Just this morning I read Talib Kweli’s article on Medium, ‘When ‘White Fragility’ Affects Rappers,’ and thought it was a fantastic piece about equality, racial tension and oppression and how it finds its way into music. Hip Hop, as he mentions, started in the South Bronx where neighborhoods were being demolished and kids were moving onto the streets, creating their own slang and rebelling against the system. Those restraints and pain created one of the most popular and expressive forms of music in the world.

That is part of American culture. Not just hip hop culture, but American culture as a whole. Just like Motown, Delta Blues and Country, all aspects of music and expression are a part of a country’s culture. This got me thinking about the UAE, the country I have called home my whole life and where I learned every aspect of music in my youth. What does culture, in terms of music, mean in the UAE?

The Emirati’s have a strong base of music in their history from the Oud (a stringed instrument), Rababa (another stringed instrument) and Doumbek (a drum) all of which play a big part of their Bedouin heritage. However, the UAE is only around 45 years old and a country made up by a majority of immigrants. This begs the question, what kind of music can be created here? What is the modern culture of music in this country from its people, native or foreign?

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The Twins Singers

We have an amazing number of talented cover bands here in Dubai. Seriously, amazing. But we have about a handful (if not more) original artists who write and compose their own music. There is no umbrella genre to describe the musicians, although there has been a higher number of singer/songwriters in the last few years. Bands play Folk, Metal, Funk and Jazz with no dominant genre. When I was younger, Metal used to dominate the music scene, but looking back I think it was just the friend circles I had. The same concerts that had Metal bands used to host Glam Metal, Ska and Punk bands as well.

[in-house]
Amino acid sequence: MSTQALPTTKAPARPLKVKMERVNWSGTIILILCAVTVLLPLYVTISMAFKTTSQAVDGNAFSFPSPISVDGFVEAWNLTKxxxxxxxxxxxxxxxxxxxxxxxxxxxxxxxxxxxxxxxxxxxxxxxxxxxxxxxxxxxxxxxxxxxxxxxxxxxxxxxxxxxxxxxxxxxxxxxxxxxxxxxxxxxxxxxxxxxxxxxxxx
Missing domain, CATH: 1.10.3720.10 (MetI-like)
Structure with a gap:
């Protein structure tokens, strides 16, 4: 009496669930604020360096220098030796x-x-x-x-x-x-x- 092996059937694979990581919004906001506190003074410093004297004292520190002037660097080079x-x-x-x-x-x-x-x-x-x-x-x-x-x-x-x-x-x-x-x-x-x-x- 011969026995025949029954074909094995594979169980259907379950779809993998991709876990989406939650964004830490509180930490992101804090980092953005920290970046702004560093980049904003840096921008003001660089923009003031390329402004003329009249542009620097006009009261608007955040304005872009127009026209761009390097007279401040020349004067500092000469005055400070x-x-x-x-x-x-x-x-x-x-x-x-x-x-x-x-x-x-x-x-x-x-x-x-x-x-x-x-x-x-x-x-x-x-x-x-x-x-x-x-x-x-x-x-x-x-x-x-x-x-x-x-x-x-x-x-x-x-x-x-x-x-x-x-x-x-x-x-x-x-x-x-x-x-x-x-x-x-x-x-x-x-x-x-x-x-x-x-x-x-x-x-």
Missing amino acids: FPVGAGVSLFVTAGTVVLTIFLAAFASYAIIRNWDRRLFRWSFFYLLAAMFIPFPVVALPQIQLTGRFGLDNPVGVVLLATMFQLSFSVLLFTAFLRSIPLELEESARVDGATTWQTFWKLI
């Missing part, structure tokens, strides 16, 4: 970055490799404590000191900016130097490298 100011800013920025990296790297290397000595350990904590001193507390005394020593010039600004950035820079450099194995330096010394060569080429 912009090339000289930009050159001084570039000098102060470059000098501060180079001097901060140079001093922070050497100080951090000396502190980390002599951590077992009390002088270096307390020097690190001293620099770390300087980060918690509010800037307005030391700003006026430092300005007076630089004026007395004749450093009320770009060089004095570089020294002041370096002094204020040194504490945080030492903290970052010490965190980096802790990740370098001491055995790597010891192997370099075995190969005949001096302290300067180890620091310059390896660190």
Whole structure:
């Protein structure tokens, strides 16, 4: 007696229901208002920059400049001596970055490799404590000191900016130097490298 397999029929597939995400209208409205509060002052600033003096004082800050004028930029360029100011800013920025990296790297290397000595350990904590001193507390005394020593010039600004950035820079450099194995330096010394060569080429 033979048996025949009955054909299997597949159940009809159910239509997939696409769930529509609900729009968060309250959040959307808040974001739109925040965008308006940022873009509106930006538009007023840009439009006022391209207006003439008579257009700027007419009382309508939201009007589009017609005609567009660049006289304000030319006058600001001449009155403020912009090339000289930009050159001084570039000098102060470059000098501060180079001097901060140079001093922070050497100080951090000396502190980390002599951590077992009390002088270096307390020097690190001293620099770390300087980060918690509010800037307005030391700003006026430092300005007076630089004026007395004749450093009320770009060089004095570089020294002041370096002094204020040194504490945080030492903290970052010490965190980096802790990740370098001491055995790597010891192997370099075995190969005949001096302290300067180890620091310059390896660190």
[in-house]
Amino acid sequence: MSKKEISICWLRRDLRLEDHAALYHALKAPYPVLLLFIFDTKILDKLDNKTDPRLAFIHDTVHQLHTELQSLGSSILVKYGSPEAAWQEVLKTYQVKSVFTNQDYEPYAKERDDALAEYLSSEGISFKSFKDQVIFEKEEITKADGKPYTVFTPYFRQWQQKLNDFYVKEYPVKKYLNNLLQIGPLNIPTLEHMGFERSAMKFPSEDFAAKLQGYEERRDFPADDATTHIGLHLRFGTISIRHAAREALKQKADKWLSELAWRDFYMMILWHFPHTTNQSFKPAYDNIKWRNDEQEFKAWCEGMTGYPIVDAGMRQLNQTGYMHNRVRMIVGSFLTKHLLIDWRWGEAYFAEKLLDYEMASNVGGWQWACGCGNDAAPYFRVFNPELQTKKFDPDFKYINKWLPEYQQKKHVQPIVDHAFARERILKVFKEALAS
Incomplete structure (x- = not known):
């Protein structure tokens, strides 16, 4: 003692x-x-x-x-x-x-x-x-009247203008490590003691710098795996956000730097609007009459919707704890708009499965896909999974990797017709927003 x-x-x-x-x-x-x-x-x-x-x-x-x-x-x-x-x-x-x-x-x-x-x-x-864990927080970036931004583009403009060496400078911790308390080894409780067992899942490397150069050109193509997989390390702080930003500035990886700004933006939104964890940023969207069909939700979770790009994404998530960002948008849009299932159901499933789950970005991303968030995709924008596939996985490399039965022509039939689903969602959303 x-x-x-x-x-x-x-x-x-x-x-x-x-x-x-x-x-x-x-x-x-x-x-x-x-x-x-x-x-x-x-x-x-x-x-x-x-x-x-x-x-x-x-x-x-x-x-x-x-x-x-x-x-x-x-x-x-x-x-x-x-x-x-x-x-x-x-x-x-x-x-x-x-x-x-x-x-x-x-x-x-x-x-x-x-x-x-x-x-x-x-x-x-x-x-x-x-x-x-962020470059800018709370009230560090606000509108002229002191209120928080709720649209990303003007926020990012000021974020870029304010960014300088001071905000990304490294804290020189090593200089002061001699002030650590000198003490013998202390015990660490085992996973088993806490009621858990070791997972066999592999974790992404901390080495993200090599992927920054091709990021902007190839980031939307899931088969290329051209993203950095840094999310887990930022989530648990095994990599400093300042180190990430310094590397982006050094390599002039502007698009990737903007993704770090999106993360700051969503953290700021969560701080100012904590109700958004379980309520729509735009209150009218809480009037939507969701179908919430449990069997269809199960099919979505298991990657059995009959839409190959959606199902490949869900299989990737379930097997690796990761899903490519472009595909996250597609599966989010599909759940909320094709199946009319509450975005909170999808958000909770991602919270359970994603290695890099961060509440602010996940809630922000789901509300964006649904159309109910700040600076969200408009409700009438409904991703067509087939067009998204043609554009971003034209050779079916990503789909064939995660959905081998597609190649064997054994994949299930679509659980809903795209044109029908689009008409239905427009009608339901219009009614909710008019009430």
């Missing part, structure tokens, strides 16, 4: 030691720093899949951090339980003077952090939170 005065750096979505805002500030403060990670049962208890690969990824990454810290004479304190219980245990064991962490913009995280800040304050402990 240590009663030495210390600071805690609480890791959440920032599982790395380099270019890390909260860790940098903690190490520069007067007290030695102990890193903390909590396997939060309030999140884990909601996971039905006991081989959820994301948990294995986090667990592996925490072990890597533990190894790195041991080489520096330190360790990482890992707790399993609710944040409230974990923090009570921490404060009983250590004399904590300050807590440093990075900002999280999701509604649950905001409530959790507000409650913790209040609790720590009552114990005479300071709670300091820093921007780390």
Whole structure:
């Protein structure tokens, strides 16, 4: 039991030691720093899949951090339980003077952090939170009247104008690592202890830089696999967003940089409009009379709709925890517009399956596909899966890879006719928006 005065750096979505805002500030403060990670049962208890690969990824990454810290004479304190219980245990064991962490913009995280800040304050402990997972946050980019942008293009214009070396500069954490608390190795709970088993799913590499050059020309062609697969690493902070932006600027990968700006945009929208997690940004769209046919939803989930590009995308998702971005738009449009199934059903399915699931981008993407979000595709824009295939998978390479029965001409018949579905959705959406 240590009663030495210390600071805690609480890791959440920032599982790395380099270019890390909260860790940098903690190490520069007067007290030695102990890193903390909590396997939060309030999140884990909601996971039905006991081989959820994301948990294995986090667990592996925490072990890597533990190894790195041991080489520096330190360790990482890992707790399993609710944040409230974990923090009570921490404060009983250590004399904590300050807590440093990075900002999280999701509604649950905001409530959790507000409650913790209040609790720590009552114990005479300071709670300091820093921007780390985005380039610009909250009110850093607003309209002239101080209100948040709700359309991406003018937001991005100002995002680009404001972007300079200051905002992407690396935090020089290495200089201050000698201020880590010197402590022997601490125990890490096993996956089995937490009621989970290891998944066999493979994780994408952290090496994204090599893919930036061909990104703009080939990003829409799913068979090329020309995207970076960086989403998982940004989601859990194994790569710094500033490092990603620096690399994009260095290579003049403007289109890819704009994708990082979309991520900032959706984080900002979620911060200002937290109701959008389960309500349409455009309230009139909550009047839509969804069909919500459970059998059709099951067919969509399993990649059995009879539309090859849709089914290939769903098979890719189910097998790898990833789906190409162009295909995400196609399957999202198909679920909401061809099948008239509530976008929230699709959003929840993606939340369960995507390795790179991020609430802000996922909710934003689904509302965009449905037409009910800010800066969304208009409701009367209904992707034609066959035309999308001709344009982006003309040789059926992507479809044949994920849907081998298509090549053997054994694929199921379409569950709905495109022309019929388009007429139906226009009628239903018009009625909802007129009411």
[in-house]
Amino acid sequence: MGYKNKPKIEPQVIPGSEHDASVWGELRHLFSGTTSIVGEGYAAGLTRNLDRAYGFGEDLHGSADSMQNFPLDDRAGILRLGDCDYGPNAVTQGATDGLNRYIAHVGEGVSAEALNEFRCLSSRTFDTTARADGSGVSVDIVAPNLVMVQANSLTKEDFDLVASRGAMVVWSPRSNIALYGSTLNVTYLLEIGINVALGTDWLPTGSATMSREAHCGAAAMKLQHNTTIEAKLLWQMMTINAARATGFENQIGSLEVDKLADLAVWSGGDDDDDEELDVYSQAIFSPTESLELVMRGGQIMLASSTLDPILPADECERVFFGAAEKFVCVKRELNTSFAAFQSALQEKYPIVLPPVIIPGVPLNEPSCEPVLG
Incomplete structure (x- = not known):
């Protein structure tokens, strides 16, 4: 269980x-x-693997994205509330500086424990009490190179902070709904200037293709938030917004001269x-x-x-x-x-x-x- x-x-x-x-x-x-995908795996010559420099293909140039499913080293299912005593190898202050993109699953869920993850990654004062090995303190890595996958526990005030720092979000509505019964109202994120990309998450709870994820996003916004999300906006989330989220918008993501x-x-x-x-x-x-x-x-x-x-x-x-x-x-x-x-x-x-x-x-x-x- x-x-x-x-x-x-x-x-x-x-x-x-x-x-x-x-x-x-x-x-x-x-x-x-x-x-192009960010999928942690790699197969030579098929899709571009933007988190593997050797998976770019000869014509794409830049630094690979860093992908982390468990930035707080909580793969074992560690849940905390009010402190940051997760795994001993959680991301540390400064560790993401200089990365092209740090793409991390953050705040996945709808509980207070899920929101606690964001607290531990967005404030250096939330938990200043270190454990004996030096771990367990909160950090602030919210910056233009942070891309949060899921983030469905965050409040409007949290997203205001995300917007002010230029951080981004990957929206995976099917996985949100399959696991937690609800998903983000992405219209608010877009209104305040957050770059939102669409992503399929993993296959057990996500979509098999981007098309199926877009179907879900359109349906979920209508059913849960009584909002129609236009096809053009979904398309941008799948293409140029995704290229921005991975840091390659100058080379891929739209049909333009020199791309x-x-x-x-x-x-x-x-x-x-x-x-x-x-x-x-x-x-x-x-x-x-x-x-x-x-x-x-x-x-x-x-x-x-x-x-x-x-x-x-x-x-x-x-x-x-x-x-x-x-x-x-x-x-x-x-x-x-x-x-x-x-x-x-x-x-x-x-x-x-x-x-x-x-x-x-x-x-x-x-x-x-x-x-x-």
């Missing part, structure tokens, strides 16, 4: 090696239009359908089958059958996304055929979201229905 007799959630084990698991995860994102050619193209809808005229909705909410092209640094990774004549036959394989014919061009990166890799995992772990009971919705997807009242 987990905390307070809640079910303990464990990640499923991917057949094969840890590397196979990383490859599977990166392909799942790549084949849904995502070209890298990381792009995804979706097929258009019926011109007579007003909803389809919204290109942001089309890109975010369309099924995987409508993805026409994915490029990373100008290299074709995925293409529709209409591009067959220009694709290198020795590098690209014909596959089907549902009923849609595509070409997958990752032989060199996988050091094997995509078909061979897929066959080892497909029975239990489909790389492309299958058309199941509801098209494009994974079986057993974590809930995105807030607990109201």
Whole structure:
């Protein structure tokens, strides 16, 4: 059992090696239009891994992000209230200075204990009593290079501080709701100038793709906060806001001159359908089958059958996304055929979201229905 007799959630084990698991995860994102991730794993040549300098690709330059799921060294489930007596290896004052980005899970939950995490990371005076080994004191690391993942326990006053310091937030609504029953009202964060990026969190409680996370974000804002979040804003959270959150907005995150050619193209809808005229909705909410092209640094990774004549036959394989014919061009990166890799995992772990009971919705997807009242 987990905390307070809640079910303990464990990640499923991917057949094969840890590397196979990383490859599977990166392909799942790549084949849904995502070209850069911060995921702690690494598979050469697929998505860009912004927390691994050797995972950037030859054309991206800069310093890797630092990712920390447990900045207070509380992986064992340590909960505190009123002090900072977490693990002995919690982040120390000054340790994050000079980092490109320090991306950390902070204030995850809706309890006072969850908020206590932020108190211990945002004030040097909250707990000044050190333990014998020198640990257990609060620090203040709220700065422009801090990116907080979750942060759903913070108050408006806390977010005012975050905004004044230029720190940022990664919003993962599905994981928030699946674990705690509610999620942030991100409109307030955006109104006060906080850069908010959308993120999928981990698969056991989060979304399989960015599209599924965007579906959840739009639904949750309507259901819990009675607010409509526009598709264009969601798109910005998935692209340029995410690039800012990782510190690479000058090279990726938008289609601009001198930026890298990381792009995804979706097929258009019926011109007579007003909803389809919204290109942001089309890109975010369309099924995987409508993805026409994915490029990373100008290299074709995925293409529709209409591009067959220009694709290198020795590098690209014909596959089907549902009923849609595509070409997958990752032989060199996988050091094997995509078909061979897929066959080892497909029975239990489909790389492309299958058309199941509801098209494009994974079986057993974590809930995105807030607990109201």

Artists in Dubai play the music they want to play and do not conform to any specific genre. I believe that we need to hone in on what makes Dubai, and the UAE at large, such a fascinating place for music. We are all here from incredible walks of life with different influences, cultures and languages. The artists and musicians here get to tell so many varied stories all under one roof. We get to showcase the nuances of all corners of the globe to each other and learn and create. That is a beautiful thing.

Think about a gypsy folk band from the UK regularly spending time and playing shows with a multi-cultural funk band? Or a singer/songwriter from Lebanon mingling with a fantastic Pakistani Michael Jackson impersonator? This happens regularly here in Dubai yet, at the same time, I feel it does not happen enough.

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Mudassar Jackson, ladies and gents

We have all the tools available for us to create a unique culture of music and expression but something seems to be lacking. Perhaps it is the set up for music here in Dubai. Venues do not want original musicians but rather cover bands that fit a certain mould and getting permits to play anywhere in the city is probably the most costly and painstaking process imaginable. The fact of the matter is that being involved in any music scene or industry is an absolute nightmare and maybe we need to put all our heads together and collude to make it a better place for us to thrive.

If one of us makes it on a global scale, we suddenly put Dubai on the map and people will take notice. That’s a common truth that we all know but do not seem to be working towards too well (I think we are but, as always, we can always do better). Culture lies with us, and when people ask what it is like playing and creating music in Dubai, we can always say that as an Hip Hop artist you were influenced by a few D&B DJs that really changed the way you composed your tracks and vice versa. Our individual scenes are not big enough for us to carry on alone, it makes no sense, but if we all act as one scene, as one culture with many sub-cultures then we are something else entirely.

This is more of a call to arms for the people involved in music to continue doing their great work but work with open arms. Let’s put this city on the map and make sure it stays there.